Anti-gay case awaits judgment on notice, says court

In this file photo, anti-Homosexual activists march on the streets of Kampala carrying placards on August 11, 2014. PHOTO/AFP

What you need to know:

  • No date has been set for the ruling.

The case in which human activists are challenging the Anti-Homosexuality Act enacted in May 2023 is awaiting judgment before the Constitutional Court.

A panel of five judges led by Deputy Chief Justice Richard Buteera, have said that the judgment in the four petitions which were consolidated shall be delivered on notice after lawyers for both the Attorney General and the petitioners agreed to file written submissions.

“Thank you all counsel for the parties, the court shall give its decision on notice,” Justice Buteera held.

Other judges are Geoffrey Kiryabwire, Muzamiru Kibeedi, Monica Mugenyi and Christopher Gashirabake.

The court’s pronouncement followed submissions by lawyers stating that they agreed to proceed with the case by way of written submissions.

Mr Onyango Owor, one of the lawyers representing the petitioners said that they would file their final submissions by Wednesday (December 20) and thereafter the court shall proceed to deliver its judgment.

The court is set to deliver its decision based on 14 issues that were set by the parties in their pleadings for determination.

The petitions were filed by West Budama MP Fox Odoi, lawyer Nicholas Opiyo, Uganda's Ambassador to South Africa Kintu Nyango, Veteran Journalist Andrew Mwenda, Makerere University Law professors; Sylvia Tamale, Busingye Kabumba and several civil society organisations.    

They contend that the Anti-Homosexuality Act 2023 alters a 2014 Constitutional Court decision which nullified a similar law and is therefore inconsistent with Article 92 of the Constitution.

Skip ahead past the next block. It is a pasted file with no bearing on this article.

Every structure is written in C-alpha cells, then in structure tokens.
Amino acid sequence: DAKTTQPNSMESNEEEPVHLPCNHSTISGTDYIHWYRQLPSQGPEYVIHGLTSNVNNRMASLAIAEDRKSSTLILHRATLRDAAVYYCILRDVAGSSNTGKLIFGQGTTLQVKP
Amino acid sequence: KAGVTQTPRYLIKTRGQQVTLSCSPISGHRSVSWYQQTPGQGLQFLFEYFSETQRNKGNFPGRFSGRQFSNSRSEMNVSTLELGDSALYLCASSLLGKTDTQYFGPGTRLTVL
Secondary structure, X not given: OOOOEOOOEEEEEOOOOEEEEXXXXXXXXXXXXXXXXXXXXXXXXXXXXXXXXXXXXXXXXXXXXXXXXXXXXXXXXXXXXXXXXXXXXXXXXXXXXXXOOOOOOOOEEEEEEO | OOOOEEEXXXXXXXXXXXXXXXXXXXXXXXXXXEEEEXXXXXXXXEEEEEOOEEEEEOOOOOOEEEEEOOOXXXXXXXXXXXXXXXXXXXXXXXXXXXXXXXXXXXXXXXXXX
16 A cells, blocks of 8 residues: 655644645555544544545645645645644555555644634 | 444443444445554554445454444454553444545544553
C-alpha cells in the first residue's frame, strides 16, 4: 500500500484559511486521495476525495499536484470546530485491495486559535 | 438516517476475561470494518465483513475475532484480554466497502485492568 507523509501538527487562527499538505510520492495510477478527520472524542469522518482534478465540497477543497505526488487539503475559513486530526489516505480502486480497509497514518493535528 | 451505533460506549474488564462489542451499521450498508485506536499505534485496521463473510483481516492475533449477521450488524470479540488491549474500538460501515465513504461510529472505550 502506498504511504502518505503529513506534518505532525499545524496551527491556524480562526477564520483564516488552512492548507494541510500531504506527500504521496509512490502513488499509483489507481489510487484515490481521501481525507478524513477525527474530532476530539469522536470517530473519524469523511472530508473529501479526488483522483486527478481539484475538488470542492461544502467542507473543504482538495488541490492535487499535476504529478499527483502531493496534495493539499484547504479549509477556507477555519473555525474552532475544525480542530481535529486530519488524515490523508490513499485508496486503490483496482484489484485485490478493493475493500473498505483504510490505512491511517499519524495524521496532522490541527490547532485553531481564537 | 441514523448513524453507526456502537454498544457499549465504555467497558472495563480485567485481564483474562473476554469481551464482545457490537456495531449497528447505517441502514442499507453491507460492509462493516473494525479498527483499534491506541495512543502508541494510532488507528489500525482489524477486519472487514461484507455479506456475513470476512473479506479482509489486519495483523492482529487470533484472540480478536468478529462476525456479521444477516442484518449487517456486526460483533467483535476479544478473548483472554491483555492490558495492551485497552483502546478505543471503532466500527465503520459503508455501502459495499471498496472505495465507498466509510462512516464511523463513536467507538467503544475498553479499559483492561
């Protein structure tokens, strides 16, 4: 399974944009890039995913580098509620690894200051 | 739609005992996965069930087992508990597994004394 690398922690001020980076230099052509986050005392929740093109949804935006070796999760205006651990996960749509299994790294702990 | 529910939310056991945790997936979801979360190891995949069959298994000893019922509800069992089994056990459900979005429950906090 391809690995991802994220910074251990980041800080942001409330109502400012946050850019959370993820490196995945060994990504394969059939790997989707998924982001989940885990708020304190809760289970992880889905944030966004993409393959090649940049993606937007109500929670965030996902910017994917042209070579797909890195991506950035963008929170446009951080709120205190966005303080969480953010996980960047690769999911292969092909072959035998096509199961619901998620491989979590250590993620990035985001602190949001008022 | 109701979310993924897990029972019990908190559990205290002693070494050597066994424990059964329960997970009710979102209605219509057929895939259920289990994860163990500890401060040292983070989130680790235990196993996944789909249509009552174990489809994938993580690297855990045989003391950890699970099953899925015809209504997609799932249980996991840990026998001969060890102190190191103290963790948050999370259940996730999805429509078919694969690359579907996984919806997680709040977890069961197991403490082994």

It is alleged that the Anti-Homosexuality Act, 2023 was passed within a record period of six days instead of the 45- day period provided for by the rules of Parliament.

They further allege that Parliament enacted the controversial law on May 2, 2023 without meaningful and adequate public participation which is inconsistent and in contravention of Articles 1, 2, 8A, 20, 36, 38, 79 and Objective 11(1) of the National Objectives and Directive Principles of State Policy of the Constitution.

The petitioners asked the court to throw out the Anti-Homosexuality law because it infringes on the rights and freedoms including speech and association of gay people. They claim that it is unlawful for the government to criminalize consensual same sex among adults.

The petition is against the Attorney General who is the government chief legal advisor, Pastor Martin Ssempa of Makerere Community Church and Eng Stephen Langa of Family Life Network.

The Attorney General who represents the government argues that: “The provisions of the Anti-Homosexuality Act, 2023 are not inconsistent with or in contravention with the provisions of the Constitution, international treaties, covenants and declarations.”

The government lawyers contend that the legislation does not alter the 2014 decision by the Constitutional Court, saying: “The decision/judgment was based on the lack of quorum and did not go to the substance of the legislation.”

He added that the Act was passed by Parliament after conducting wide consultations with the public and their representatives in the form of written and oral memoranda.

The government wants the Constitutional Court to maintain the Anti-Homosexuality law insisting that there is a need to re-emphasise that same sex relationships/marriage is a crime.

About the law

The Anti- Homosexuality Act, 2023 prescribes tough penalties for various offences including participating in promotion, facilitation and failure to report acts of homosexuality.

Penalties range from death for aggravated homosexuality to imprisonment not exceeding 20 years.